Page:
2

It's well known that the legs generate most of the power in your punches.

My question:

What are the most important leg muscles for power, and what is a recommended routine to work them out using resistance or functional training.

3

The proper power association in punches is not just a leg muscle, but the pivoting of the body behind the punch. This being the case depending on which side you are using most of the leg muscles are utilized, but the leg muscles themselves aren't the powerhouse, but the pivot torque power is what contributes to the force of the punch.

That being said if you want to strengthen your punching then practice weighted pivots to evenly strengthen all the muscles related to pivoting instead of focusing on a single leg muscle. You can do this in a number of ways:

  1. Medicine ball holding and twisting at the hips to build strength (practice both directions)
  2. Stretching bungees (workout, not tieing things down) and then put one loop on on the opposite foot from where the strike is going and wrap around your back under the butt to the hand that is punching, then go through the pivot punch motion as the tension pulls back the hand and the hips during the turn. Don't allow the foot with the bungee to be pulled out of position. Practice both sides. (i.e. left foot forward with bungee, right foot back, punch with the right hand while pivoting the right foot and the tension is around the body including the extension of the punch.)
  3. Sometimes the one above is hard to get to work right, so optionally you can get in position and use a wall mount(or machine) bungee or weight pull and practice punching with full pivots against the weight. I have seen ones that hook to a belt too in which case you can feel it pull your hips during the pivot more.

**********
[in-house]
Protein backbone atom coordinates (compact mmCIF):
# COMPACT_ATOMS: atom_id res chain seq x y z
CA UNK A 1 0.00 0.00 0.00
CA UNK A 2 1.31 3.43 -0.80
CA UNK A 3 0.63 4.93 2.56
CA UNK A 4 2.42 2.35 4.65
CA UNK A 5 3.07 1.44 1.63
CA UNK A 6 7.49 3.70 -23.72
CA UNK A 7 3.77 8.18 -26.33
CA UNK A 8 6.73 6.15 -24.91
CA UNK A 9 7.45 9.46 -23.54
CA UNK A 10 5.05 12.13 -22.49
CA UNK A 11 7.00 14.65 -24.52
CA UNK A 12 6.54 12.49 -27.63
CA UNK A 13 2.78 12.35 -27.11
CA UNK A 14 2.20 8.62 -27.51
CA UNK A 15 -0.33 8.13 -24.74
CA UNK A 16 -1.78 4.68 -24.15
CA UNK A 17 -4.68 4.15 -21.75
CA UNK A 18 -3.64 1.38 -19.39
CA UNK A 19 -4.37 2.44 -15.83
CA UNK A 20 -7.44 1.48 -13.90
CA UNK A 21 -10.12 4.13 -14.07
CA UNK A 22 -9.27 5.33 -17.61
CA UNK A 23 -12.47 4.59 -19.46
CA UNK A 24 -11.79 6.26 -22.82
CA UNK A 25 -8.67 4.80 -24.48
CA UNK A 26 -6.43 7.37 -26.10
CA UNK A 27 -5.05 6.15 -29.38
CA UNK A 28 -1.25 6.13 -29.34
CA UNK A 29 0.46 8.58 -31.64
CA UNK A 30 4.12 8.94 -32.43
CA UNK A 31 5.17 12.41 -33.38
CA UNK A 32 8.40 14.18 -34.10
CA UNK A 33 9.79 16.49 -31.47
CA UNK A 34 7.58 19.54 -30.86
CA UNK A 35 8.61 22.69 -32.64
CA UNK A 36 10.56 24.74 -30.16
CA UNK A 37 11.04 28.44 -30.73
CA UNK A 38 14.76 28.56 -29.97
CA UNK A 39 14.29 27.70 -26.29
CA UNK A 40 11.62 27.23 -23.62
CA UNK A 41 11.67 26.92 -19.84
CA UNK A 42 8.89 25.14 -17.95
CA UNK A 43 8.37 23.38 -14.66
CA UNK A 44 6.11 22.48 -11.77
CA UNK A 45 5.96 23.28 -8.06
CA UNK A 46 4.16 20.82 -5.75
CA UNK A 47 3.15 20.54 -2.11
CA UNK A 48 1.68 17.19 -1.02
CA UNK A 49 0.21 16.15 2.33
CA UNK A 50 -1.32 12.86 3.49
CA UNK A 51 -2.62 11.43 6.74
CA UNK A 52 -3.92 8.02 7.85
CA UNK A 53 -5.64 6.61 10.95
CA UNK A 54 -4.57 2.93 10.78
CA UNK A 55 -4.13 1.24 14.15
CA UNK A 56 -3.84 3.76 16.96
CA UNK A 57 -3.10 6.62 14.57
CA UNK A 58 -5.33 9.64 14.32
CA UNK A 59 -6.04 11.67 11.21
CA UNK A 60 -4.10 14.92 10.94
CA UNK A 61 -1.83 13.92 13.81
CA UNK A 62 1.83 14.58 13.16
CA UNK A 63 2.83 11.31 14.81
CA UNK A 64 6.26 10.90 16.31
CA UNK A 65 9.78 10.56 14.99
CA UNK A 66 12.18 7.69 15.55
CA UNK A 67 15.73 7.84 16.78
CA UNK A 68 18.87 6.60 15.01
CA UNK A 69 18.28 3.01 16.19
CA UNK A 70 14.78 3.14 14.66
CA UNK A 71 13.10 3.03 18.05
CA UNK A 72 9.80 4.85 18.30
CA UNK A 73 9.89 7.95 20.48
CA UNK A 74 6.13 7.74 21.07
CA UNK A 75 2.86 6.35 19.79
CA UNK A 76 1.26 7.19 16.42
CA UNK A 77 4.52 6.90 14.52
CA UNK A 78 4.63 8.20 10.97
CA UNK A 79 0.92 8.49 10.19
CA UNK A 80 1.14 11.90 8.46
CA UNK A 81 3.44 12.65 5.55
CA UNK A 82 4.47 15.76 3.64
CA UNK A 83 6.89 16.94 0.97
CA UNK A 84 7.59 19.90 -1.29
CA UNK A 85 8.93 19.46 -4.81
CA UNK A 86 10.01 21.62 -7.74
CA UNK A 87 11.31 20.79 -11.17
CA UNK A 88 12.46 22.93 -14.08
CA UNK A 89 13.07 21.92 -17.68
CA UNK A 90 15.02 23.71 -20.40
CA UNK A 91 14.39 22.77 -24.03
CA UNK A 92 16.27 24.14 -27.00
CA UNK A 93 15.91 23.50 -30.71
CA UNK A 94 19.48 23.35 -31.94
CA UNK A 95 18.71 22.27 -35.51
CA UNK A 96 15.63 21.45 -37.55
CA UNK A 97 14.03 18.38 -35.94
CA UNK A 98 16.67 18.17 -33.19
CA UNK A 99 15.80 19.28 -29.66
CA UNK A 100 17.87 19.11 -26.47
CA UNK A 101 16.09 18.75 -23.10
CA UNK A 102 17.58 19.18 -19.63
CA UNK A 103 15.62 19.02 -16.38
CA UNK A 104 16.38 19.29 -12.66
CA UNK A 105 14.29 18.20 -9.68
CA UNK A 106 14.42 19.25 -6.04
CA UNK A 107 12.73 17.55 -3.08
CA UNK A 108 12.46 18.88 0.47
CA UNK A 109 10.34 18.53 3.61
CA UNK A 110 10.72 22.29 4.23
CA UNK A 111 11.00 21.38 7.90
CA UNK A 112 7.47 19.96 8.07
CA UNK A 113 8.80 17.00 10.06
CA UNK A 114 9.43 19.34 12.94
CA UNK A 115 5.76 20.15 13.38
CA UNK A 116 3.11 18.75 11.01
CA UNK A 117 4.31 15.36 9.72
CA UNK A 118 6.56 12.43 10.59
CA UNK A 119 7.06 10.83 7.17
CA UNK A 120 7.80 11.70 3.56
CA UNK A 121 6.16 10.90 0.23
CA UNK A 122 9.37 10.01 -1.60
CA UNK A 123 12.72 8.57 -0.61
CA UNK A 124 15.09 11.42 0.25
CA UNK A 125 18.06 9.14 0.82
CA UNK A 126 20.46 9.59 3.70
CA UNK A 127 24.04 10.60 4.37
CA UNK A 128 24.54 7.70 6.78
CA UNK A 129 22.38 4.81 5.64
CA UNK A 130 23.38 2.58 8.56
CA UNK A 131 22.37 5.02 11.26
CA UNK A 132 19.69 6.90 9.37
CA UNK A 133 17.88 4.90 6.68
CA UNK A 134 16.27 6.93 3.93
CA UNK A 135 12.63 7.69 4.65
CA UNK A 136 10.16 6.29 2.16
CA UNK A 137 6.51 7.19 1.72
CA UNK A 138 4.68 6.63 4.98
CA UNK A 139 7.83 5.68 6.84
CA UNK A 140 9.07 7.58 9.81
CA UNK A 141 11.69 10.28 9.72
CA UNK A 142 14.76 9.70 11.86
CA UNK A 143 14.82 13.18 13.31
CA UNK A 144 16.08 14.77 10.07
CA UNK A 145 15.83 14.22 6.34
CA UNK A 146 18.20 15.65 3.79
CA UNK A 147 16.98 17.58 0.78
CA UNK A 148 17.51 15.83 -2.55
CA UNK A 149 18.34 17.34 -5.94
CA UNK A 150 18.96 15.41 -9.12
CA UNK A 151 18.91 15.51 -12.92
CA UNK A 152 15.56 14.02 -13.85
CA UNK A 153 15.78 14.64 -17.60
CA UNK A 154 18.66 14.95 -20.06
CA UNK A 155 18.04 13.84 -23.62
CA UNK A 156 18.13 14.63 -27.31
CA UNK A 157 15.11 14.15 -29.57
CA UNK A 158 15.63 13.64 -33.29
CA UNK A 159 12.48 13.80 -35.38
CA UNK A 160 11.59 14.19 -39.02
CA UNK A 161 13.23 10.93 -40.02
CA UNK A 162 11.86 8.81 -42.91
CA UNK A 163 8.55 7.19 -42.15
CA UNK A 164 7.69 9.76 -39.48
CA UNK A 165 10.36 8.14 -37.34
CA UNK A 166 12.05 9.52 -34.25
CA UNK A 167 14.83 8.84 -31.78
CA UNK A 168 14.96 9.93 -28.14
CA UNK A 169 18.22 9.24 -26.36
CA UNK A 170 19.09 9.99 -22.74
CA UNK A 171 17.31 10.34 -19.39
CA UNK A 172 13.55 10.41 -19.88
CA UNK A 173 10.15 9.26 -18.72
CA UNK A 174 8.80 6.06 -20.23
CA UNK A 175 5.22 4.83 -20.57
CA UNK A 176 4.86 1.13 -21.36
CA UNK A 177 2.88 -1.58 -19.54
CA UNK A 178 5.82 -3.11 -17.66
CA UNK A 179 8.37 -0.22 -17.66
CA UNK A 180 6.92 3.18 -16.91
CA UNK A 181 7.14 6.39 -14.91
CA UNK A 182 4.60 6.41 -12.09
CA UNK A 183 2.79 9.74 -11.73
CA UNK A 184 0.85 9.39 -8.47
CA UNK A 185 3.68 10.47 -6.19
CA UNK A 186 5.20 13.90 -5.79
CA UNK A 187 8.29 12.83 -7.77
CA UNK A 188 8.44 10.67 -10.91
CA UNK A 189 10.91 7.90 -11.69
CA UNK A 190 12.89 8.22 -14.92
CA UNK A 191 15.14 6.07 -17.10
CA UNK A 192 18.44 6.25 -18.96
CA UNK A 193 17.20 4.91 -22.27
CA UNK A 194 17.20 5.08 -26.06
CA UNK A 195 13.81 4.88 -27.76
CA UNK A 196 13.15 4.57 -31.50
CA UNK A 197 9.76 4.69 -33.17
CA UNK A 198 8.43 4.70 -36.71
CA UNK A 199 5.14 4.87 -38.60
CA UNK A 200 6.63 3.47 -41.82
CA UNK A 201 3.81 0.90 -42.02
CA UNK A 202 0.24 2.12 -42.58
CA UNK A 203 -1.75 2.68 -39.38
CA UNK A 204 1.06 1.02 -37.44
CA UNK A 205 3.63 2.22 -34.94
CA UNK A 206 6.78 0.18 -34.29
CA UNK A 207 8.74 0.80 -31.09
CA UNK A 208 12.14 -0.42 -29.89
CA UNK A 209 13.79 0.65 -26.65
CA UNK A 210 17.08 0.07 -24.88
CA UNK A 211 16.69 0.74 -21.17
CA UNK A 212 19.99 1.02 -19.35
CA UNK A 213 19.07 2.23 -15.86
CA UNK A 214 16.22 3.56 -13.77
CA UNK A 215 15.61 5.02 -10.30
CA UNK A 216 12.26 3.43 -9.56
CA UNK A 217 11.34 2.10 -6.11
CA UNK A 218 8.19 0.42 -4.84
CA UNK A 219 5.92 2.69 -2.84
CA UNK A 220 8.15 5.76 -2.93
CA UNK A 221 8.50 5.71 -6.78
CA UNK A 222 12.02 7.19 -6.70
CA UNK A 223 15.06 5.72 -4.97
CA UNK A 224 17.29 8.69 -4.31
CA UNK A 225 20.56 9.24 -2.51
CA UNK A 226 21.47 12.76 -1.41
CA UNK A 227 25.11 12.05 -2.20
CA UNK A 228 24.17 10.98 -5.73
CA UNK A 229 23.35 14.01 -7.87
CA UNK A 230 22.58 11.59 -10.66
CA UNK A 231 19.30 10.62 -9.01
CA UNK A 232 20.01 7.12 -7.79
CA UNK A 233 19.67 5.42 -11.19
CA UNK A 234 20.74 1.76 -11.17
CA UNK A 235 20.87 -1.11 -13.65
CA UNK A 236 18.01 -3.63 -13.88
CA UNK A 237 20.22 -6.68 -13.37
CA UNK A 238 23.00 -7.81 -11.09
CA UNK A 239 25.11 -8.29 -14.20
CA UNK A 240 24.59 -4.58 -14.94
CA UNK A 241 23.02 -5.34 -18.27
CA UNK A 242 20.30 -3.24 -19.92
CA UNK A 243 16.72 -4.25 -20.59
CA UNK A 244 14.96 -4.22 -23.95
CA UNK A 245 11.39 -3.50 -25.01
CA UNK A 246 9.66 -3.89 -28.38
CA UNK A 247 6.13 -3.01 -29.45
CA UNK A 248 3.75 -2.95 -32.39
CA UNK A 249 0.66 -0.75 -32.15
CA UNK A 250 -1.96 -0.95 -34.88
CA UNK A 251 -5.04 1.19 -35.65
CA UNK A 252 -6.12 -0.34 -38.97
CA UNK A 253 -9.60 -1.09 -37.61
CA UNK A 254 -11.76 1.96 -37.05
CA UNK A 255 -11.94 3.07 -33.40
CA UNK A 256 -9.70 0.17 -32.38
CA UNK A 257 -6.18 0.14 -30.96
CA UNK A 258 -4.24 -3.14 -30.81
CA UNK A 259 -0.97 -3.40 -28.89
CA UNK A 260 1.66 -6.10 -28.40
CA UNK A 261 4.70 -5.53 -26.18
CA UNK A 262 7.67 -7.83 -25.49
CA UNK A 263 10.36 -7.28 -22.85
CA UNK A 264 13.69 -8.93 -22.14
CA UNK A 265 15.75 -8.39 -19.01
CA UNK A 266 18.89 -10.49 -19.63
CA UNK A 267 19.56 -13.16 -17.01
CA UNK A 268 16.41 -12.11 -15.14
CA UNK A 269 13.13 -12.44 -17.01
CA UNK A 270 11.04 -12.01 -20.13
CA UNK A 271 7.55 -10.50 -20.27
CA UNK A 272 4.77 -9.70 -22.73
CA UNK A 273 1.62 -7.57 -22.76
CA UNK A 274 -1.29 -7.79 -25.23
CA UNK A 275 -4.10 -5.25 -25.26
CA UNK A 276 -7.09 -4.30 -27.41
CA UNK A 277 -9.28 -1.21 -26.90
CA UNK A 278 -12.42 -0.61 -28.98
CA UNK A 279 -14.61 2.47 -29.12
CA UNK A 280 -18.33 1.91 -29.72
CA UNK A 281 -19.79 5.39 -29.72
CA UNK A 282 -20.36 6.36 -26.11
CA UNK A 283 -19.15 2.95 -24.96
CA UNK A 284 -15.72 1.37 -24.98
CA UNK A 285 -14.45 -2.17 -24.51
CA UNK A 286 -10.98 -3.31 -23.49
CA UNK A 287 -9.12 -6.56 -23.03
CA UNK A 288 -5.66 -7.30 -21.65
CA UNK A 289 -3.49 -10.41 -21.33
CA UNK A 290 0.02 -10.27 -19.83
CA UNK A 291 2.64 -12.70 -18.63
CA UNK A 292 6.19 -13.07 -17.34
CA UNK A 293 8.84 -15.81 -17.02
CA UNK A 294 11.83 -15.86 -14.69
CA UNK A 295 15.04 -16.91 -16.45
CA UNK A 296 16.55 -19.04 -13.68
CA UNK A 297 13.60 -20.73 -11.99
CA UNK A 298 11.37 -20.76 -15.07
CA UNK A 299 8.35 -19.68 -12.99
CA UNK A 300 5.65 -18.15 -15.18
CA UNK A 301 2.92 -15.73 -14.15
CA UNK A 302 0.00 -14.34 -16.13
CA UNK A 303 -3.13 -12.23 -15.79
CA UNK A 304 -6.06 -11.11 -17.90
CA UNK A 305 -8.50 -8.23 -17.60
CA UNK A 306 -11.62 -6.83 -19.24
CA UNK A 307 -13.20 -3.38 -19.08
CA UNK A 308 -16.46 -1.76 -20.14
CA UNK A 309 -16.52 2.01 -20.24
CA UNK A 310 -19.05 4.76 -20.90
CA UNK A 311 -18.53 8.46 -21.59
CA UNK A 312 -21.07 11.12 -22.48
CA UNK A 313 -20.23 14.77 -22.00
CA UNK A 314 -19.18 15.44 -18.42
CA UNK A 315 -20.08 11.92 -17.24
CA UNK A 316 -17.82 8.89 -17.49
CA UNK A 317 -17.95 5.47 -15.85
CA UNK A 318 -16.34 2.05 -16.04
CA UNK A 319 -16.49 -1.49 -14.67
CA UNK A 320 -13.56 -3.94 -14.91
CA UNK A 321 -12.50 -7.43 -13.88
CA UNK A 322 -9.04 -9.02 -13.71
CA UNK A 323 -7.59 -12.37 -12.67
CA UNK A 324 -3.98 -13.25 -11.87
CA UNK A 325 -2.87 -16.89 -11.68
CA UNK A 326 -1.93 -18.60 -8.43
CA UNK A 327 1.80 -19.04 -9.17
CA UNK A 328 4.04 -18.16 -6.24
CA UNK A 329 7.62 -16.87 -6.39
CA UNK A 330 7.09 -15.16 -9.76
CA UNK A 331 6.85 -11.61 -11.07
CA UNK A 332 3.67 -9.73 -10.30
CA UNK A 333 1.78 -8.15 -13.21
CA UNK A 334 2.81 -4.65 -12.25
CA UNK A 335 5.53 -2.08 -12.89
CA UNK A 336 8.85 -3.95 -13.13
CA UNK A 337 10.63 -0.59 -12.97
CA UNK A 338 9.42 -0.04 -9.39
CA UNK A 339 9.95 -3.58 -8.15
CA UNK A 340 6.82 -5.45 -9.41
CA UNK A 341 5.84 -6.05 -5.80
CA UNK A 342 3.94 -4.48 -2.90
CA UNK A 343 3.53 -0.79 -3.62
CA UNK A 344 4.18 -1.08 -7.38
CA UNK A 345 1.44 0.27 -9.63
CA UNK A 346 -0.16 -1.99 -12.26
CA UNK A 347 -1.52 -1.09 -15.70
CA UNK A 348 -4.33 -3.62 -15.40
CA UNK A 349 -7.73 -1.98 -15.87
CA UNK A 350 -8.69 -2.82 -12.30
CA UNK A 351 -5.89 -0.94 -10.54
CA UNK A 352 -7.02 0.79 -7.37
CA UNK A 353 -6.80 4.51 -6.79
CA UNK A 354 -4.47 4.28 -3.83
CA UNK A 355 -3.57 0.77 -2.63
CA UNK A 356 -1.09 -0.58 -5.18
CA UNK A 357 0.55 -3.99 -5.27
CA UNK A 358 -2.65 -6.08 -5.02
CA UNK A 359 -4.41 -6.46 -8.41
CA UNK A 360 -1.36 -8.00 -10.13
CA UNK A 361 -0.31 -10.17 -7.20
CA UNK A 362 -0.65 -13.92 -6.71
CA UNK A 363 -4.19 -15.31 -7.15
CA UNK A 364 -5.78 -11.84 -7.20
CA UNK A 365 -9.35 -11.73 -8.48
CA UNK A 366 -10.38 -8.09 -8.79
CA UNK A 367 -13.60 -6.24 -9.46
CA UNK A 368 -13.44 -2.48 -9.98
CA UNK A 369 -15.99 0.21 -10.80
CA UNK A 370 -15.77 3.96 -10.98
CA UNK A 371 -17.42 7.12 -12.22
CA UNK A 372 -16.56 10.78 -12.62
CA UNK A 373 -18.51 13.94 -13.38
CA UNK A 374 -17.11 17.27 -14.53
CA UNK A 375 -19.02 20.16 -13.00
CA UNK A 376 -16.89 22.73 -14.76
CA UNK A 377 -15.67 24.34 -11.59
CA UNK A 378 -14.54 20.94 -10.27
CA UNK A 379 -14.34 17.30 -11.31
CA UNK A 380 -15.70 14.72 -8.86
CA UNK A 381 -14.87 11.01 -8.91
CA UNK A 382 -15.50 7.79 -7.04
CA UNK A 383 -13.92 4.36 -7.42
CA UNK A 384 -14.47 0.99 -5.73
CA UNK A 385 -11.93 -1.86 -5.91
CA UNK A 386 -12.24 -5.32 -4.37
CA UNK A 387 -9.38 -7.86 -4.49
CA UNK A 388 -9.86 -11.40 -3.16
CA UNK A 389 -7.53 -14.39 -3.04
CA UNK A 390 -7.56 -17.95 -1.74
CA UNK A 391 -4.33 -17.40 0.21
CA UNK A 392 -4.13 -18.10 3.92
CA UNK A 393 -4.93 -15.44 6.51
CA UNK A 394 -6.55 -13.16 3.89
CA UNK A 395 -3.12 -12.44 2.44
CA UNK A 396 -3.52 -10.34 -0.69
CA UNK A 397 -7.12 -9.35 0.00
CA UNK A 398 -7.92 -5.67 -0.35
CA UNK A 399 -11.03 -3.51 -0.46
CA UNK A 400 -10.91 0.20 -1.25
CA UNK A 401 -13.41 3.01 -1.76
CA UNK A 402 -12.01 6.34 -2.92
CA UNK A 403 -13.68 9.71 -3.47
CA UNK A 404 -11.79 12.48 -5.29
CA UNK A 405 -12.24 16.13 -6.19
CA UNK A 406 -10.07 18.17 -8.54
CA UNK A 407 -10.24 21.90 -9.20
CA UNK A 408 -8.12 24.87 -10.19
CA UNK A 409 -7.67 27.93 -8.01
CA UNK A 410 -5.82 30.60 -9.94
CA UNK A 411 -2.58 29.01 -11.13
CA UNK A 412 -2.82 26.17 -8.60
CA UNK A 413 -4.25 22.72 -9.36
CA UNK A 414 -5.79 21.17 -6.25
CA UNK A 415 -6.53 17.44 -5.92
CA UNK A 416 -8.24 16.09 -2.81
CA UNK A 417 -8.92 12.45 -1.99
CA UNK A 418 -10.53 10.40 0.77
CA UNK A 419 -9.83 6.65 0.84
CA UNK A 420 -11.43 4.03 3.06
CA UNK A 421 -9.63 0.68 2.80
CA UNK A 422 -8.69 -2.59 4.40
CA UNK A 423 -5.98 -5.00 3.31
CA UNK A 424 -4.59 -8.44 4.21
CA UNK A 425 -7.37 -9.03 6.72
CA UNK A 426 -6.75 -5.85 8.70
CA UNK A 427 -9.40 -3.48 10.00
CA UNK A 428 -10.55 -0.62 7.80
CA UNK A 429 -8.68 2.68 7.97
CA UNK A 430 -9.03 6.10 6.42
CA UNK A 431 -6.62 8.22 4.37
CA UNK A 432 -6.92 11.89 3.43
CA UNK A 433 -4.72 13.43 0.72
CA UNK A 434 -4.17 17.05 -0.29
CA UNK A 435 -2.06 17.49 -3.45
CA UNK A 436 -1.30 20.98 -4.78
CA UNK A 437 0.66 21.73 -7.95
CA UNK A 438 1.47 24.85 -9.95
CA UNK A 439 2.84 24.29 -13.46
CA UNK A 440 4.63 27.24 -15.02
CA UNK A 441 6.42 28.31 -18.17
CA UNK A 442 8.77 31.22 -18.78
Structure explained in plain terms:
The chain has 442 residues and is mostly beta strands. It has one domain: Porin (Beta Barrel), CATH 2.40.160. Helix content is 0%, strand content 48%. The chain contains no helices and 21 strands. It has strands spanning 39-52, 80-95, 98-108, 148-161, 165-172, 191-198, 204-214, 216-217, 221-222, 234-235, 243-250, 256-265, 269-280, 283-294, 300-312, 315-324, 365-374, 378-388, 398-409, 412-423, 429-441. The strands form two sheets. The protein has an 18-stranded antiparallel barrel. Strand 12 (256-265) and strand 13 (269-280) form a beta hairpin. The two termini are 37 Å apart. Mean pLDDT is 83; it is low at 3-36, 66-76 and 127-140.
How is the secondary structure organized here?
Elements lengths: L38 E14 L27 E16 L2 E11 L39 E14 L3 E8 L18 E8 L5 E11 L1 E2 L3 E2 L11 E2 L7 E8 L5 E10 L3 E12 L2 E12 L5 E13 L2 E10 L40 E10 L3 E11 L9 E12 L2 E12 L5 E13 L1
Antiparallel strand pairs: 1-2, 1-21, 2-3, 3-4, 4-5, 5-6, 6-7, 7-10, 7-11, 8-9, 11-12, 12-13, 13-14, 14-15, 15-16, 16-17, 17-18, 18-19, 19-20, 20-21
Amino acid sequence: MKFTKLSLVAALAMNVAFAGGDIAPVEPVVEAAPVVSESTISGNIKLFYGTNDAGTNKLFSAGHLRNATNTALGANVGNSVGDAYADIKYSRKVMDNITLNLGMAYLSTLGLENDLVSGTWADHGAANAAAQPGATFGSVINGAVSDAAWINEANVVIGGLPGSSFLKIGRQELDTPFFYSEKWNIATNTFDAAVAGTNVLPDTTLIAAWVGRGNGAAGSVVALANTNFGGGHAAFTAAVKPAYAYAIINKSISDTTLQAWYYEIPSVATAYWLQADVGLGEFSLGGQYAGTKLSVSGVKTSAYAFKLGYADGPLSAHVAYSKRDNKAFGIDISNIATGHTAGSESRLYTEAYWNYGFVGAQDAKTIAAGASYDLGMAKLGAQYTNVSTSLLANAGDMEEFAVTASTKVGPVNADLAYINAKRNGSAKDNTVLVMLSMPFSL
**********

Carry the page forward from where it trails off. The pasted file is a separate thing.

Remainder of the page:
4. Sit on a bench straddled and pick up a weight on the back right and bring it up and over the front of your legs to the back left and set down, then repeat from the back left to the back right. This puts the turning muscles under workout to build them up.
  5. Pullup bar pick up your legs together with knees forward and swing full swing to the left with your knees and stop, then again to the right side. You must put force into the left/right movements and put resistance to stop the momentum. This repeated alot builds endurance to the twisting motion as well strength.
  6. chopping trees is the motion to think of, and doing this for real alternating sides helps as well.

I'm sure other people have exercises as well, but the goal is the pivot strengthening so that when you pivot your full weight of the lower body muscles gets put behind it. Anything that helps the body move in the motion you are pivoting and adds resistance without hurting yourself is a good choice.

0

I found the short answer is : "your back foot big toe"

This is because a properly thrown technique is helped at some point using your back foot toe to move your body forward while delivering a punch or kick.

So any explosiveness training to propel your body forward would work. Sprinter block starts, leaping mobility, tyre work ... I found forefoot striking running really improves ankle and calf strength and mobility as you're keeping on your toes all the time.

also try cutting the big toe out of your training and see how much difference it makes. this is really obvious during an injury on the back foot toe.

Your Answer

By clicking “Post Your Answer”, you agree to our terms of service, privacy policy and cookie policy

Not the answer you're looking for? Browse other questions tagged or ask your own question.